Swiping your credit card is more expensive than ever before and lower-income households have been especially impacted by inflation, using credit for necessities such as groceries, gas, and rent.
The Federal Reserve has signaled its commitment to keep raising interest rates in an effort to fight inflation, and average credit card APRs — now at a record 19.42 percent — are expected to surpass 20 percent in 2023.
If you have an unpaid balance, you are probably in shock at how fast rates have risen. In 2017, the average APR on a credit card was lower than 13 percent. From 2018 to the early 2022, it hovered around 14.5 percent.
Early in the pandemic, many Americans paid down credit card debt thanks to government stimulus checks and relief payments and no place to spend money during protracted travel and leisure shutdowns.
Credit card APRs could go as high as 20.5 percent by the end of 2023, according to Greg McBride, chief financial analyst at Bankrate.com, CNBC reported.
Bankrate found that 45 percent of cardholders who make less than $50,000 tend to pay their monthly bills in full while 63 percent of cardholders who make $100,000 or more pay on time in full every month.
Since most credit cards have a variable rate, there’s a direct connection to the Fed’s benchmark. As the federal funds rate rises, so do the prime rate and credit card rates. Cardholders usually see the impact within one or two billing cycles.
Here are some ways experts suggest you can manage high-cost credit card debt and pay less in APR charges.
If any of your cards are charging more than 19 percent interest, negotiate them down by asking your credit card provider to lower them, The Penny Hoarder suggested.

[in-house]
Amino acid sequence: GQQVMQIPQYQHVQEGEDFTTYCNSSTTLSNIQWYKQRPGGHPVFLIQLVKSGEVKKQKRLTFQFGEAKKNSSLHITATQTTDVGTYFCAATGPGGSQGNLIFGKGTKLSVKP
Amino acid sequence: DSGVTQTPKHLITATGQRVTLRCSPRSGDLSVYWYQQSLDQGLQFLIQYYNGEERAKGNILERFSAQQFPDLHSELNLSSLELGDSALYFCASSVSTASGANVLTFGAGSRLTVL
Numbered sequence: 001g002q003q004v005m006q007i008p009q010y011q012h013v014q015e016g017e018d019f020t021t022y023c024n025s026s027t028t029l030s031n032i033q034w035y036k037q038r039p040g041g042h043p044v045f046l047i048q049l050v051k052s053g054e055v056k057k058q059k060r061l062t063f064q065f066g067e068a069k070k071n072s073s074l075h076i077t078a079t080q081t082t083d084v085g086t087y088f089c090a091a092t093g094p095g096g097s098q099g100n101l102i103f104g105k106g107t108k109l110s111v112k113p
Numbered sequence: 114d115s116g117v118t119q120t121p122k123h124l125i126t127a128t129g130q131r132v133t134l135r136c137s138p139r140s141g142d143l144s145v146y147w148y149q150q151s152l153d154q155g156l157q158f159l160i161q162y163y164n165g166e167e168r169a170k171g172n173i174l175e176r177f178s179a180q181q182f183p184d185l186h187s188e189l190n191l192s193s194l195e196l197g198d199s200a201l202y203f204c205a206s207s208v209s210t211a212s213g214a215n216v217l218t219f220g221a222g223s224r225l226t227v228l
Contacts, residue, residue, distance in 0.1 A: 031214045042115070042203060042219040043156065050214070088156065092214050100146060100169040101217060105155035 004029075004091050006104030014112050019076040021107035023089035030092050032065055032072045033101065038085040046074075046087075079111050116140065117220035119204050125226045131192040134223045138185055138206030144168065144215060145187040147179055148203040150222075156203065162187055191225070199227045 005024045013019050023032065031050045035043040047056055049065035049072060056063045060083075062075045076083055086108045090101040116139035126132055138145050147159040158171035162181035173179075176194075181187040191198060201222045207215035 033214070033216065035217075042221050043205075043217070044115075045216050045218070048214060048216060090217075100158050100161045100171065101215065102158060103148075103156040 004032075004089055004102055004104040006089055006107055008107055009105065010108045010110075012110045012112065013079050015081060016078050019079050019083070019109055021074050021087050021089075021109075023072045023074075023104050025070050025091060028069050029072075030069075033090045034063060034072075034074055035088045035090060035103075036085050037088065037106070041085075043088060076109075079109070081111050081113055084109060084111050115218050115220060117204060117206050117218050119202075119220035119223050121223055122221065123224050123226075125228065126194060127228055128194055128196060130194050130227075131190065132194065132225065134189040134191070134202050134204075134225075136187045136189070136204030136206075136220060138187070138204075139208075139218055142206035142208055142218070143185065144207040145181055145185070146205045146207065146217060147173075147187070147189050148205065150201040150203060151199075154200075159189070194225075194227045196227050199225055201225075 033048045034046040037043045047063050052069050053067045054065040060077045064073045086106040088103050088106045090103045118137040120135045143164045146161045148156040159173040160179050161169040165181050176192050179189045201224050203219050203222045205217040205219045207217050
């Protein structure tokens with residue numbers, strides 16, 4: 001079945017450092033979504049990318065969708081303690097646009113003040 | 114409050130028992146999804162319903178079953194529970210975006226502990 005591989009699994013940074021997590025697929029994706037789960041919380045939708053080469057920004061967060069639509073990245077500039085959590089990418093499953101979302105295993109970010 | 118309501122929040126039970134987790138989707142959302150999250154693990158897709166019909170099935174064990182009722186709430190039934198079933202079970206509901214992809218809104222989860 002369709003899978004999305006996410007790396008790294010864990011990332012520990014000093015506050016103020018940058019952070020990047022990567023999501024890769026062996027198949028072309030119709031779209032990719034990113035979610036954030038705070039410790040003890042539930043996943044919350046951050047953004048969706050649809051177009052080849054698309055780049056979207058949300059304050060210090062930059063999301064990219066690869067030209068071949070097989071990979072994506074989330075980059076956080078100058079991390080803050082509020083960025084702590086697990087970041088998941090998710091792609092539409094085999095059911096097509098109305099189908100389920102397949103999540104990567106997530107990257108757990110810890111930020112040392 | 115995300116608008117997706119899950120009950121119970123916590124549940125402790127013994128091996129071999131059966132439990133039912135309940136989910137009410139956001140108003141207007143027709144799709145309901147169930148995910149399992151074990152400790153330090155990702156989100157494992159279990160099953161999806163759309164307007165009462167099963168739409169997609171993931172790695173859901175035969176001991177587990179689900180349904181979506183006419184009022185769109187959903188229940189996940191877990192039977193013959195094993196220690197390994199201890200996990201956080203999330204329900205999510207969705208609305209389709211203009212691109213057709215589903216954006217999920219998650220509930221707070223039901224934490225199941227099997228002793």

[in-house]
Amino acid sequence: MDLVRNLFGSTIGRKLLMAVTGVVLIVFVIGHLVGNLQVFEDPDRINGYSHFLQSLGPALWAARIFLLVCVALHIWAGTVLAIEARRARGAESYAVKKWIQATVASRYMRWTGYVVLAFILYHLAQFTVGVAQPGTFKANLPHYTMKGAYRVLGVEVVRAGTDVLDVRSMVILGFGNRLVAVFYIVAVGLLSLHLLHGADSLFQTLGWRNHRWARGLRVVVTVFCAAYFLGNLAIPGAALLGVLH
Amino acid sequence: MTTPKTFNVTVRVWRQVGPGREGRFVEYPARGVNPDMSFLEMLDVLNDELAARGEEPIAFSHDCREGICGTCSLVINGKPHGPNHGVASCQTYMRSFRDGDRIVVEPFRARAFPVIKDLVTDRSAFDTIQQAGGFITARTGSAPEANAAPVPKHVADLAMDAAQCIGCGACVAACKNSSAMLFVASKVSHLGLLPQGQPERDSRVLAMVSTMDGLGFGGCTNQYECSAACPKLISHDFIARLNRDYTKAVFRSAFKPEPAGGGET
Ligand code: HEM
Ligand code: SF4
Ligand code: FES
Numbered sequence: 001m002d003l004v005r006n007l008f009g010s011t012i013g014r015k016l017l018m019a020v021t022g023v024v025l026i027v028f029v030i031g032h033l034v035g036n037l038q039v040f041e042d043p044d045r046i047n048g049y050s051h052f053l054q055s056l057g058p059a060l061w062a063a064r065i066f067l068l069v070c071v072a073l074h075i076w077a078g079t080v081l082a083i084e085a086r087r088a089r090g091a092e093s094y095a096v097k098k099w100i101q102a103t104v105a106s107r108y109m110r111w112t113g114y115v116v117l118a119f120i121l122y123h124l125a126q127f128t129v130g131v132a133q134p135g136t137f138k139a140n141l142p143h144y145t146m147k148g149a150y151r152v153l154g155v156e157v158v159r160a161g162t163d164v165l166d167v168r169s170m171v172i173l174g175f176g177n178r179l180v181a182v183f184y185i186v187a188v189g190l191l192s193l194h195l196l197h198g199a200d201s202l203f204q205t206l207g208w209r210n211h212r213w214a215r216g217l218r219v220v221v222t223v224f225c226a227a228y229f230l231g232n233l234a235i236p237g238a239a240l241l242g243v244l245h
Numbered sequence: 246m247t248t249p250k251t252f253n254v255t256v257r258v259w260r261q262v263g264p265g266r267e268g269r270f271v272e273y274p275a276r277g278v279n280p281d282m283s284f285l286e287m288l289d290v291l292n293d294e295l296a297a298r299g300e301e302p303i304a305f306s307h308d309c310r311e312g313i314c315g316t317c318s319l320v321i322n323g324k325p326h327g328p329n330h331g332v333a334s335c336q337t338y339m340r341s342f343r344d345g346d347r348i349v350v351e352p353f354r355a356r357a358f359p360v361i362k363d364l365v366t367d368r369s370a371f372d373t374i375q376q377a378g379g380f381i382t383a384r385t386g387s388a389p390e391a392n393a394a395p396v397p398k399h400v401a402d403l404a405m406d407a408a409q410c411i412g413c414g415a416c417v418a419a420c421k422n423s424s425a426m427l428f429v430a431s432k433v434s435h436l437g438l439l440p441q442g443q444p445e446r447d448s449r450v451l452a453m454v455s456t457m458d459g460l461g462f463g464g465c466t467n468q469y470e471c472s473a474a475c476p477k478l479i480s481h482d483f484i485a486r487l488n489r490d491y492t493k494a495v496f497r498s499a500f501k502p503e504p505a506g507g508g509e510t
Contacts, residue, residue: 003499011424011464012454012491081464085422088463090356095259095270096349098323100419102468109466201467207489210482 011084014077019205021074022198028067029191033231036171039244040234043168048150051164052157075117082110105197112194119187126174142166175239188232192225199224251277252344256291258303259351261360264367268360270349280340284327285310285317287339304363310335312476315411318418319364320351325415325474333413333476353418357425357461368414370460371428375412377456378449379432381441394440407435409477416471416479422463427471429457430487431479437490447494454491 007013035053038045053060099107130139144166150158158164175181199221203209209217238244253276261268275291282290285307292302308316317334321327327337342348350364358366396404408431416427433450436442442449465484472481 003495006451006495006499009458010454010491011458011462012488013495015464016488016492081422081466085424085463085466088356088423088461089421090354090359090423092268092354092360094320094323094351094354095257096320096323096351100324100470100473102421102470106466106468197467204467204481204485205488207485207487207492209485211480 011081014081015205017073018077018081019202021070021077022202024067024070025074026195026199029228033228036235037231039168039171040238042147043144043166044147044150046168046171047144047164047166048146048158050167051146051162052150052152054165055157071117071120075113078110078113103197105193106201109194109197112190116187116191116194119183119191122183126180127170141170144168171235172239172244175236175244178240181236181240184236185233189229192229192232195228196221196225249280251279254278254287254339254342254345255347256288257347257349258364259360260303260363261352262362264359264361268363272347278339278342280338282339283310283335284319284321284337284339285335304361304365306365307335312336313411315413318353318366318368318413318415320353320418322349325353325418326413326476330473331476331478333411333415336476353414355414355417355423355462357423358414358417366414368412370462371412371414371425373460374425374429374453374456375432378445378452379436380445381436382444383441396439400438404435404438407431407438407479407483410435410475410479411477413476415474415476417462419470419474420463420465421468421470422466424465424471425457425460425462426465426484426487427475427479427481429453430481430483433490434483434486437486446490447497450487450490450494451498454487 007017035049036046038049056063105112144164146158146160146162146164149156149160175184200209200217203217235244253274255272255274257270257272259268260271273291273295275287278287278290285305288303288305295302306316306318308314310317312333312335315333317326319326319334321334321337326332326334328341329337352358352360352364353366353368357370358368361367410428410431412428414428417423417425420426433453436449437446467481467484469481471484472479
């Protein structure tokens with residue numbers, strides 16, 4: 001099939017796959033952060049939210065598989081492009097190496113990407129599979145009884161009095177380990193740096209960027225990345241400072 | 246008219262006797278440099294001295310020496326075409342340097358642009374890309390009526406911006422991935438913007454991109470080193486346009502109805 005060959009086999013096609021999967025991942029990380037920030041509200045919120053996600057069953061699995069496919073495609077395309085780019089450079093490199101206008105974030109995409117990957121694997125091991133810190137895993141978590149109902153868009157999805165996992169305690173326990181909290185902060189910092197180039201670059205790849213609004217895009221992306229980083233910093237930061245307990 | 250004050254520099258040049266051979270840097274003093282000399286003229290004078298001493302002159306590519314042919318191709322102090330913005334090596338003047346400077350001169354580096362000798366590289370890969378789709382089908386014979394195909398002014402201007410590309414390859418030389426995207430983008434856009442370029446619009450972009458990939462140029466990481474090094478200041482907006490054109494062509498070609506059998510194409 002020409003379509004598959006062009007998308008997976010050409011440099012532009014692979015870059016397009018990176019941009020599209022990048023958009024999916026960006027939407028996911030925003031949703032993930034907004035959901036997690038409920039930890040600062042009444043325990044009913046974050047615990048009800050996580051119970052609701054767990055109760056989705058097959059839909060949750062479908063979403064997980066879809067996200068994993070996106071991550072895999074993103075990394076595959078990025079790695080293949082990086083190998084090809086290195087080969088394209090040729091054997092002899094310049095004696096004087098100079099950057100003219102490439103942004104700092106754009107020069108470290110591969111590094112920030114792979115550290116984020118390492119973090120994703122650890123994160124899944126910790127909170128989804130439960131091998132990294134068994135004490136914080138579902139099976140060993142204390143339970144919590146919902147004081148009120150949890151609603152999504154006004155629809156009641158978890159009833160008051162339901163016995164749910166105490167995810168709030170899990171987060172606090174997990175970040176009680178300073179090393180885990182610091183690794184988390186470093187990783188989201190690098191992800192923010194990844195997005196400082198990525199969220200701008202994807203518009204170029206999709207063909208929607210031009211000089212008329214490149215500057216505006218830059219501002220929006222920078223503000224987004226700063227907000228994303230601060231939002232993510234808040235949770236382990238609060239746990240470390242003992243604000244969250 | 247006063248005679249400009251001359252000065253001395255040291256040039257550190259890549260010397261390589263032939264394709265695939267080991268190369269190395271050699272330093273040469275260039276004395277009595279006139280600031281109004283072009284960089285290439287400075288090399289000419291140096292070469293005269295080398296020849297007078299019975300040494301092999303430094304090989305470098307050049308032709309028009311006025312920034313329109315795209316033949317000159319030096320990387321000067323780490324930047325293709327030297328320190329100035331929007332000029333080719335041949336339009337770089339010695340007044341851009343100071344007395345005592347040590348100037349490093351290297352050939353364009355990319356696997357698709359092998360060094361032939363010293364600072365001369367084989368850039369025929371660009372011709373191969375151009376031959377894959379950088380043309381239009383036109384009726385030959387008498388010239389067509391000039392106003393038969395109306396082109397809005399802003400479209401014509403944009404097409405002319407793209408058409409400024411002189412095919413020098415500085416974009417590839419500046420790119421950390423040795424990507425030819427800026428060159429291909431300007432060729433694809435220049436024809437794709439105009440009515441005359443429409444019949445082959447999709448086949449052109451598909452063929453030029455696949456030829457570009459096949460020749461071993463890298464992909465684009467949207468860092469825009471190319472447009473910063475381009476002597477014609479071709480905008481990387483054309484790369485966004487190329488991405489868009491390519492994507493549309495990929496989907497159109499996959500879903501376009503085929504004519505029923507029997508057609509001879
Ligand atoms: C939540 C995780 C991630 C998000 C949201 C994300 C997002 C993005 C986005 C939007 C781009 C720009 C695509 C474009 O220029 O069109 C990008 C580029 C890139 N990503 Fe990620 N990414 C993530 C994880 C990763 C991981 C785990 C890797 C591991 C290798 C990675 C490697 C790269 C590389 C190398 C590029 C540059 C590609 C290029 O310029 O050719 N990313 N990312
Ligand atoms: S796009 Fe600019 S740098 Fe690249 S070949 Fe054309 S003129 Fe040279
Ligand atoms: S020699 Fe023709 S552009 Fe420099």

Mention it if you have a history of making your monthly payments on time, mention it if you are getting offers in the mail from other credit card providers and mention it if you’ve had the same credit card for a while. Your credit card company wants to keep your business.
The worst they can do is say “no.”
Pay down credit card debt aggressively and with a sense of urgency, McBride advised. That means transferring your balance to a 0 percent rate card and not charging unless you can pay the balance in full at the end of the month, he said.
Cards offering 15, 18 and even 21 months with no interest on transferred balances “are still in abundance,” McBride added. “This gives you a tailwind to get the debt paid off and shields you from the effect of additional rate hikes still to come.”
Instead of finding a card with the lowest interest rate, many people prioritize rewards such as cash back. That can be a mistake if you’re carrying a balance.
“If you have debt, I would say forget about rewards entirely. Because it doesn’t make sense to pay 20% interest to get 1 or 2 or even 5% back or airline miles,” said senior industry analyst Ted Rossman of Bankrate. “You’ve got to put that interest rate first and then worry about rewards later on, once you’ve paid it off.”
A loan with a lower interest rate could be used to pay off credit cards and potentially savethousands of dollars in interestwith little or no money down. It’s easier than you think to get a personal loan online or from your bank, according to The Penny Hoarder. If you’re a homeowner, another option might be a home equity loan.